Tuesday, 05 December 2023 00:00

Causes and Definition of Tarsal Tunnel Syndrome

Tarsal tunnel syndrome, a condition affecting the inner ankle and foot, arises from compression of the tibial nerve within the tarsal tunnel. This tunnel, enclosed by bone and soft tissues, houses nerves, arteries, and tendons. When pressure on the tibial nerve increases, it can result in tarsal tunnel syndrome. Causes vary, with one primary factor being overuse, leading to inflammation and swelling within the tunnel. Flat feet or conditions altering foot biomechanics may contribute by narrowing the tunnel and compressing the nerve. Ankle injuries, cysts, or tumors within the tunnel can exacerbate the compression, as can systemic conditions like diabetes or arthritis. Symptoms encompass tingling, burning sensations, and pain radiating to the arch, heel, or toes. Recognizing these indicators and understanding the diverse causes of tarsal tunnel syndrome is vital for timely intervention. If you have foot pain, it is strongly suggested that you schedule an appointment with a podiatrist who can diagnose and treat tarsal tunnel syndrome.

Tarsal tunnel syndrome can be very uncomfortable to live with. If you are experiencing tarsal tunnel syndrome, contact Afsha Naimat-Shahzad, DPM of Leander Foot & Ankle. Our doctor can provide the care you need to keep you pain-free and on your feet.

Tarsal Tunnel Syndrome

Tarsal tunnel syndrome, which can also be called tibial nerve dysfunction, is an uncommon condition of misfiring peripheral nerves in the foot. The tibial nerve is the peripheral nerve in the leg responsible for sensation and movement of the foot and calf muscles. In tarsal tunnel syndrome, the tibial nerve is damaged, causing problems with movement and feeling in the foot of the affected leg.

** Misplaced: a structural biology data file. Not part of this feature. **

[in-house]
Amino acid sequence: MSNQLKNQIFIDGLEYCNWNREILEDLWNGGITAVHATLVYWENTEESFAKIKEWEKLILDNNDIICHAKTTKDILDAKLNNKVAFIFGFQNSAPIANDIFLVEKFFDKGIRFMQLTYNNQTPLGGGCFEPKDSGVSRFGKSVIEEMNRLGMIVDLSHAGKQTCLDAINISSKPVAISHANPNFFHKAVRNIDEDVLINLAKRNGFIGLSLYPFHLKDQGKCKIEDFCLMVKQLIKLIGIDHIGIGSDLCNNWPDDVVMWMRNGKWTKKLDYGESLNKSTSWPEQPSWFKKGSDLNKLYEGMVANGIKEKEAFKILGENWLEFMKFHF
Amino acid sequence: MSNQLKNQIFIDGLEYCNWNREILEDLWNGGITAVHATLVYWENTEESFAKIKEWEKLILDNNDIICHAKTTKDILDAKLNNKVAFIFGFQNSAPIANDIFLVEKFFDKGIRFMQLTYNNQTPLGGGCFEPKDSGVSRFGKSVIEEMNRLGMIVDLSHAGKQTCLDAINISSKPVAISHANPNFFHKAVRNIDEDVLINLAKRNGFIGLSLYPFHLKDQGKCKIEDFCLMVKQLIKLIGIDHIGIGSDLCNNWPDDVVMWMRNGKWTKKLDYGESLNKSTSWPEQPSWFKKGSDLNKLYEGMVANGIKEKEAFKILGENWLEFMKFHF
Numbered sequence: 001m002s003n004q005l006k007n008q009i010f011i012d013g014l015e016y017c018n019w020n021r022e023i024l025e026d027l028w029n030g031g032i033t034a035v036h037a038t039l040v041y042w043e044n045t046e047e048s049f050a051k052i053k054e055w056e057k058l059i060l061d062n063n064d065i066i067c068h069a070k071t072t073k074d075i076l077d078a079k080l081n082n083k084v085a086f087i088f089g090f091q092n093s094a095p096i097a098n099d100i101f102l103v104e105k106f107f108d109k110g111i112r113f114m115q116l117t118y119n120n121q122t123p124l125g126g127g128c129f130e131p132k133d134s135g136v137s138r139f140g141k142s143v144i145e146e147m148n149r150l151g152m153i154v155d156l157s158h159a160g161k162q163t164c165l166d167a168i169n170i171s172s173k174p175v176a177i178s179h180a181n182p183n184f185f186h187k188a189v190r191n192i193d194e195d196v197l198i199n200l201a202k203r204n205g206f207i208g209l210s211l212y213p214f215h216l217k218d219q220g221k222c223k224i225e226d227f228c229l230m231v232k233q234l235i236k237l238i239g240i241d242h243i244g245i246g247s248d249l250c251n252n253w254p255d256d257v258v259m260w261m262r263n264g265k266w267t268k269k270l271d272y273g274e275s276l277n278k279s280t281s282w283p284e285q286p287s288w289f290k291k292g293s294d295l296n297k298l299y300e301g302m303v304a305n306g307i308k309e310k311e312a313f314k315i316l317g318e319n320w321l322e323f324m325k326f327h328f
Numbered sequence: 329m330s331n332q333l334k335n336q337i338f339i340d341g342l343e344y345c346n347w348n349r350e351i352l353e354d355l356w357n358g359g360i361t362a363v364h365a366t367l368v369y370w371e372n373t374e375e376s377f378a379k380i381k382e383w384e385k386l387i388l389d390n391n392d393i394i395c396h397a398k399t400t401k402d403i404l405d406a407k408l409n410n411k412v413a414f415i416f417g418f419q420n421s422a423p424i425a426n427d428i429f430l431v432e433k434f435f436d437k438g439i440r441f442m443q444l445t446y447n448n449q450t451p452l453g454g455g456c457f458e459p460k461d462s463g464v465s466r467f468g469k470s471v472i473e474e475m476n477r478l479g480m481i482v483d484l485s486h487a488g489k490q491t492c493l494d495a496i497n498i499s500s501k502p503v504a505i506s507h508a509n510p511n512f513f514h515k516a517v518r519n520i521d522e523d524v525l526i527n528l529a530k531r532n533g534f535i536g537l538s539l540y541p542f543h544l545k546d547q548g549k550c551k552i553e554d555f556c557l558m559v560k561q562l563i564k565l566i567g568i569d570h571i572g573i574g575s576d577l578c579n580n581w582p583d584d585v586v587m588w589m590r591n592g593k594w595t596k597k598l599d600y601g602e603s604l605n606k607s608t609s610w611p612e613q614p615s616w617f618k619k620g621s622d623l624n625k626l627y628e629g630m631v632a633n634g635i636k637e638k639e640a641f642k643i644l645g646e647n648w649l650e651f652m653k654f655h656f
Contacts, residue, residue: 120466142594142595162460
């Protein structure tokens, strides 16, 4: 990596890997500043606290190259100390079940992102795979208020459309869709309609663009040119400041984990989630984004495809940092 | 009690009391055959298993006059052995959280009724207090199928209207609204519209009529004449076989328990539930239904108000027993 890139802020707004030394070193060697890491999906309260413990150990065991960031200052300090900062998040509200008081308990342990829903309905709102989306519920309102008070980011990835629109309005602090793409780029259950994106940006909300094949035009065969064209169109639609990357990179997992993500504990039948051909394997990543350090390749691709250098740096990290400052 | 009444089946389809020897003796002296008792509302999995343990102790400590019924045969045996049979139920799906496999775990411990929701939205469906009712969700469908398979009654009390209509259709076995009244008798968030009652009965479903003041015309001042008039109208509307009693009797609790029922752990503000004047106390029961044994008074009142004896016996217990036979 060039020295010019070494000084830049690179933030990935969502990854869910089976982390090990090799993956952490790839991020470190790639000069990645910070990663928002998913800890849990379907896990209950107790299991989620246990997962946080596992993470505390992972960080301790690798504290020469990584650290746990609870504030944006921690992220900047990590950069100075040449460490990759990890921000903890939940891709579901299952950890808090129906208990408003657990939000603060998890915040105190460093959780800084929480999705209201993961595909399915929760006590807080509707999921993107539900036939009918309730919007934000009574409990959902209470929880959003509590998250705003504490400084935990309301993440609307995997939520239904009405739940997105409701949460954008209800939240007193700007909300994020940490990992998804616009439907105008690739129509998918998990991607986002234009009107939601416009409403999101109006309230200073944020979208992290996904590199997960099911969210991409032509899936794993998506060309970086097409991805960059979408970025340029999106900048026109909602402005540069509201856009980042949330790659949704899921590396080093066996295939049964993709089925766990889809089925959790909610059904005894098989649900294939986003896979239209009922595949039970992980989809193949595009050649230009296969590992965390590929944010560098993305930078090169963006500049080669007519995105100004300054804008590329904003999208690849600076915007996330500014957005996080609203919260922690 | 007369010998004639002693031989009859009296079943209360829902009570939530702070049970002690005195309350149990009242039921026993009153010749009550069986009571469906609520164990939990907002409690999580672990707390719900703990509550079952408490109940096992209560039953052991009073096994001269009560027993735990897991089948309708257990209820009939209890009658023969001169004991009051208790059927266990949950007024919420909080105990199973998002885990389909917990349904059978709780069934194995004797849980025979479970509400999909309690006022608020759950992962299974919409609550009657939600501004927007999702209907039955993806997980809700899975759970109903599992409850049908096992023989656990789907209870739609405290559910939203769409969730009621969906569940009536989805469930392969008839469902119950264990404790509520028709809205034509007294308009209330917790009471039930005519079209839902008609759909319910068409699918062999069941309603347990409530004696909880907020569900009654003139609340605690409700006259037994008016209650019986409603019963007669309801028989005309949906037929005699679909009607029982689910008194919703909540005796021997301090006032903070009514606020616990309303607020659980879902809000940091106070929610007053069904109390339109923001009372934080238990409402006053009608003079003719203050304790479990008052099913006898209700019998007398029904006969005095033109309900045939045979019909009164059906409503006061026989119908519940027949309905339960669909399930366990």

Common Cause of Tarsal Tunnel Syndrome

  • Involves pressure or an injury, direct pressure on the tibial nerve for an extended period of time, sometimes caused by other body structures close by or near the knee.
  • Diseases that damage nerves, including diabetes, may cause tarsal tunnel syndrome.
  • At times, tarsal tunnel syndrome can appear without an obvious cause in some cases.

The Effects of Tarsal Tunnel Syndrome

  • Different sensations, an afflicted person may experience pain, tingling, burning or other unusual sensations in the foot of the affected leg.
  • The foot muscles, toes and ankle become weaker, and curling your toes or flexing your foot can become difficult.
  • If condition worsens, infections and ulcers may develop on the foot that is experiencing the syndrome.

A physical exam of the leg can help identify the presence of tarsal tunnel syndrome. Medical tests, such as a nerve biopsy, are also used to diagnose the condition. Patients may receive physical therapy and prescriptive medication. In extreme cases, some may require surgery.

If you have any questions please feel free to contact our office located in Leander, TX . We offer the newest diagnostic and treatment technologies for all your foot and ankle needs.

Read more about Treating Tarsal Tunnel Syndrome

Connect With Us